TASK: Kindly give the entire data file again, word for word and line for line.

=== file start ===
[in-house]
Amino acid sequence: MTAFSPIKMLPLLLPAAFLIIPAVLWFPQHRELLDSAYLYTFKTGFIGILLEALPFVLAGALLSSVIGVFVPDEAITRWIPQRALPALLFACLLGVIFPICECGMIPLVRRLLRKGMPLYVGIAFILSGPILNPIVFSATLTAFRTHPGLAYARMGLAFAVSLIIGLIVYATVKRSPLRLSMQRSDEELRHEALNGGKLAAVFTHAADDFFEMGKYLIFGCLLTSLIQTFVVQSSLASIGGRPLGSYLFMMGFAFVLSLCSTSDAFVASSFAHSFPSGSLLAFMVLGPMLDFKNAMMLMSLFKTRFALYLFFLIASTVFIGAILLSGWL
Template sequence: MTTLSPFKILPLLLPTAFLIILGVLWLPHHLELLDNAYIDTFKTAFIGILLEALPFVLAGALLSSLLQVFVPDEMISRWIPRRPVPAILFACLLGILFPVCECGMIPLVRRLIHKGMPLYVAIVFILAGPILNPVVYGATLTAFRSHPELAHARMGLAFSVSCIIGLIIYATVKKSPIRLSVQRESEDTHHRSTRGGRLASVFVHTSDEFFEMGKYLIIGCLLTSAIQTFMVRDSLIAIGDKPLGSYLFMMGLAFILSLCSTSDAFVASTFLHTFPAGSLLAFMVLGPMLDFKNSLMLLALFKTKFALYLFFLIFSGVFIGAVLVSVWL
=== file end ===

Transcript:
[in-house]
Amino acid sequence: MTAFSPIKMLPLLLPAAFLIIPAVLWFPQHRELLDSAYLYTFKTGFIGILLEALPFVLAGALLSSVIGVFVPDEAITRWIPQRALPALLFACLLGVIFPICECGMIPLVRRLLRKGMPLYVGIAFILSGPILNPIVFSATLTAFRTHPGLAYARMGLAFAVSLIIGLIVYATVKRSPLRLSMQRSDEELRHEALNGGKLAAVFTHAADDFFEMGKYLIFGCLLTSLIQTFVVQSSLASIGGRPLGSYLFMMGFAFVLSLCSTSDAFVASSFAHSFPSGSLLAFMVLGPMLDFKNAMMLMSLFKTRFALYLFFLIASTVFIGAILLSGWL
Template sequence: MTTLSPFKILPLLLPTAFLIILGVLWLPHHLELLDNAYIDTFKTAFIGILLEALPFVLAGALLSSLLQVFVPDEMISRWIPRRPVPAILFACLLGILFPVCECGMIPLVRRLIHKGMPLYVAIVFILAGPILNPVVYGATLTAFRSHPELAHARMGLAFSVSCIIGLIIYATVKKSPIRLSVQRESEDTHHRSTRGGRLASVFVHTSDEFFEMGKYLIIGCLLTSAIQTFMVRDSLIAIGDKPLGSYLFMMGLAFILSLCSTSDAFVASTFLHTFPAGSLLAFMVLGPMLDFKNSLMLLALFKTKFALYLFFLIFSGVFIGAVLVSVWL